Children assessing their own and their peers work is something I had touched on from time to time, focussing on it so much though has highlighted some interesting roads forward for my own teaching methods and in turn, more importantly, has equipped the pupils with valuable leaning tools.
I have focussed here on the different forms of peer assessment which I have instigated with my pupils, for example is the focus feedback on the learning objective or success criteria of the task or are we scaffolding specific improvement suggestions? Other areas investigated concerned how the feedback comments were conducted, were they in pairs, groups or centred on whole class discussions? In case of all the aforementioned being utilised then what have been the advantages and disadvantages of following such methods?
The process by which the children come to assess each others work needed to be carefully considered, one of the most effective ways of modelling what you wish children to do is to use real examples of completed work, this in turn gives the pupils a framework by which to judge their peers contributions.
The recent acquisition of a Visualiser within the class has had a positive impact on this particular aspect of peer assessment, prior good examples of work thus signpost the children in highlighting the success criteria and assist in their prospective attainment of the learning objective.
It was surprising how quickly the children adjusted to this new piece of technology within my class base and how keen they were to include its use in their appraisals.
The different forms of peer assessment undertaken by the children include the following:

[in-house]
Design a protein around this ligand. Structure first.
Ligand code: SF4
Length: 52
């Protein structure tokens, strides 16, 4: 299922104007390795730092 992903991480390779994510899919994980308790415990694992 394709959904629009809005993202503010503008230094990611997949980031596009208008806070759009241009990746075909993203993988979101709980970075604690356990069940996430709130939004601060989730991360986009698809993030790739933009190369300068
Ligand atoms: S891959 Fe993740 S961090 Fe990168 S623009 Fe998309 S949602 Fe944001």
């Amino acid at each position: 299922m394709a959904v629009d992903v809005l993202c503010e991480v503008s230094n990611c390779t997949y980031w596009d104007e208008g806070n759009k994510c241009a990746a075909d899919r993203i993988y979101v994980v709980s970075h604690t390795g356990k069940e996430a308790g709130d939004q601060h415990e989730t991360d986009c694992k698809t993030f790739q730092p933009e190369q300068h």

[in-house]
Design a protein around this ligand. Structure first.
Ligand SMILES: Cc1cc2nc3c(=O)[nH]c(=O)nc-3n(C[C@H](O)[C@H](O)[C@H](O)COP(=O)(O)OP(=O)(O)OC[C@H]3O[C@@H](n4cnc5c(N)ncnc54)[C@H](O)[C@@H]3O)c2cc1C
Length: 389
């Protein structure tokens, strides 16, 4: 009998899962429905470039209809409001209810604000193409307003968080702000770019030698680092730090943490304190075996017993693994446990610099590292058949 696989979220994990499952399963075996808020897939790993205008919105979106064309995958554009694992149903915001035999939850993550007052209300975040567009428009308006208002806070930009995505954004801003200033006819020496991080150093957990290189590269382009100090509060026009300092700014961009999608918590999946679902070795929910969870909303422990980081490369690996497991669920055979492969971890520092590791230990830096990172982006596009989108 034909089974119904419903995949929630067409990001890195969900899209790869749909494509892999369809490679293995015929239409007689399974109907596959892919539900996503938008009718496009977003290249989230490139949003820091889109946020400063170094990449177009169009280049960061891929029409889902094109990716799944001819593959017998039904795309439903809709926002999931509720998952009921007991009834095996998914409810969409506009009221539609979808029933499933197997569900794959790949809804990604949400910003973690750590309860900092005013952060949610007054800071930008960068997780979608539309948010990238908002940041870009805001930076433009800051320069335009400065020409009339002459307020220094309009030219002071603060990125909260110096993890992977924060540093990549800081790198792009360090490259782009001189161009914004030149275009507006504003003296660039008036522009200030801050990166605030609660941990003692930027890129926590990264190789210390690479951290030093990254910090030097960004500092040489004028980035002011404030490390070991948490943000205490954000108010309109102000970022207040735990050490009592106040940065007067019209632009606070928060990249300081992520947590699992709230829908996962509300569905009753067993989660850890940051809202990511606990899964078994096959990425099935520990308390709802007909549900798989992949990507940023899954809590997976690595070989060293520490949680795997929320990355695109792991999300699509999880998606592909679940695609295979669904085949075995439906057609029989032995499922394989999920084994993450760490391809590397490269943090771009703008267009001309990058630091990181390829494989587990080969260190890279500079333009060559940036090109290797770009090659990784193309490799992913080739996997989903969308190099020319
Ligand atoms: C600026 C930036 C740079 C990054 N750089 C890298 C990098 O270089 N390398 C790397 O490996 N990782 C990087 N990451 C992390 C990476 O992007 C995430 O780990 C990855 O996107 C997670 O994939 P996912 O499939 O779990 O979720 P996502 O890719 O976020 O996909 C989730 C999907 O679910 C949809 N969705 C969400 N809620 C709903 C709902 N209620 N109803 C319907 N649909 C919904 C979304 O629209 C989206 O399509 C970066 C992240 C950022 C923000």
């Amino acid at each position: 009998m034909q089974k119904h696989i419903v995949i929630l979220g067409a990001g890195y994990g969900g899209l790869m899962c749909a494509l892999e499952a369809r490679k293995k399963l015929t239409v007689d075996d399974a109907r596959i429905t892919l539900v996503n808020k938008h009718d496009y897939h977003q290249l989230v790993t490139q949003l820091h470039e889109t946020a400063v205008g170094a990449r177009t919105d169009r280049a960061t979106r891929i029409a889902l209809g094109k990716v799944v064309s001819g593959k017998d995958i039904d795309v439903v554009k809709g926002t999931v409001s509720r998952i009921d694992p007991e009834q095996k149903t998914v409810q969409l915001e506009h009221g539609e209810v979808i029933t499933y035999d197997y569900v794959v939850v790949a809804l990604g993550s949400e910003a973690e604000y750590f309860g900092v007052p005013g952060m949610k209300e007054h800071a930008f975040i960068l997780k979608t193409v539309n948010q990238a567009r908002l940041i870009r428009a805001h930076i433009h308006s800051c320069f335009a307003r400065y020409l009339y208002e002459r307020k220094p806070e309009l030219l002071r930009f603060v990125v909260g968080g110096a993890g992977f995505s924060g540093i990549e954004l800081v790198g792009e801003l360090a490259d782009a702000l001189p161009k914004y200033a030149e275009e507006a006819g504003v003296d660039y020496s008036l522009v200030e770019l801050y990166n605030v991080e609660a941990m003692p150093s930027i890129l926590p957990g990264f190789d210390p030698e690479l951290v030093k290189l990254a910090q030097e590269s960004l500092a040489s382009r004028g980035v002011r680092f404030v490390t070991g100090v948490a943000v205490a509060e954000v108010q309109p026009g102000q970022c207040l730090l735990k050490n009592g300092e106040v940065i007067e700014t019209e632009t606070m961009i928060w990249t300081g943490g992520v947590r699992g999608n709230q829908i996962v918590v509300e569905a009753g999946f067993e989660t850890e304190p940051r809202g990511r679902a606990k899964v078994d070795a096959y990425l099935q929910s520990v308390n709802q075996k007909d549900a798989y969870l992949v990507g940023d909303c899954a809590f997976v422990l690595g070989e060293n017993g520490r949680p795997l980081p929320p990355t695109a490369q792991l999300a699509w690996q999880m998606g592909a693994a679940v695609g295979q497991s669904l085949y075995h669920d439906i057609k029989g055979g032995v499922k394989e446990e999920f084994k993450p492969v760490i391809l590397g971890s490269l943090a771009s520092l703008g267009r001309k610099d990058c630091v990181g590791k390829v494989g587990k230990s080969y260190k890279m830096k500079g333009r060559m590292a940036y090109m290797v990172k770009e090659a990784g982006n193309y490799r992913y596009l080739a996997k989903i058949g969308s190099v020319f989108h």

- Checking against the success criteria.
- Discussing and comparing quality.
- Using open learning objectives to identify success.
- Using the traffic light system.
Checking against the success criteria
The opening stage for peer and self evaluation I attempted with my cohort was to actively encourage children to stop working for a few minutes in order to check that they had indeed included the success criteria; the importance here was not if the success criteria had been met. I actively displayed to the pupils a completed piece of work on the aforementioned Visualiser and as a class we marked off the desired features which needed to be included in their books. This modelling brought the children together well; it served to boost their confidence with the initial assessing of someone else’s work and engage them in the process of ultimately improving their achievement levels.
Discussing and comparing quality
The discussion and comparison of what you want the children to produce follows on nicely from the first step of checking the success criteria, again the use of a Visualiser has proved to be invaluable within my class base, obviously an OHP or scanned piece of work onto an interactive whiteboard can also be used. I find that carrying out this task at the end of the session is nowhere near as beneficial as doing so either at the beginning (with previous examples of work) or mid way through the lesson, this serves to highlight the quality which we are hoping to achieve. Using two pieces helps in being able to get the children to think about which piece is meeting the desired objective.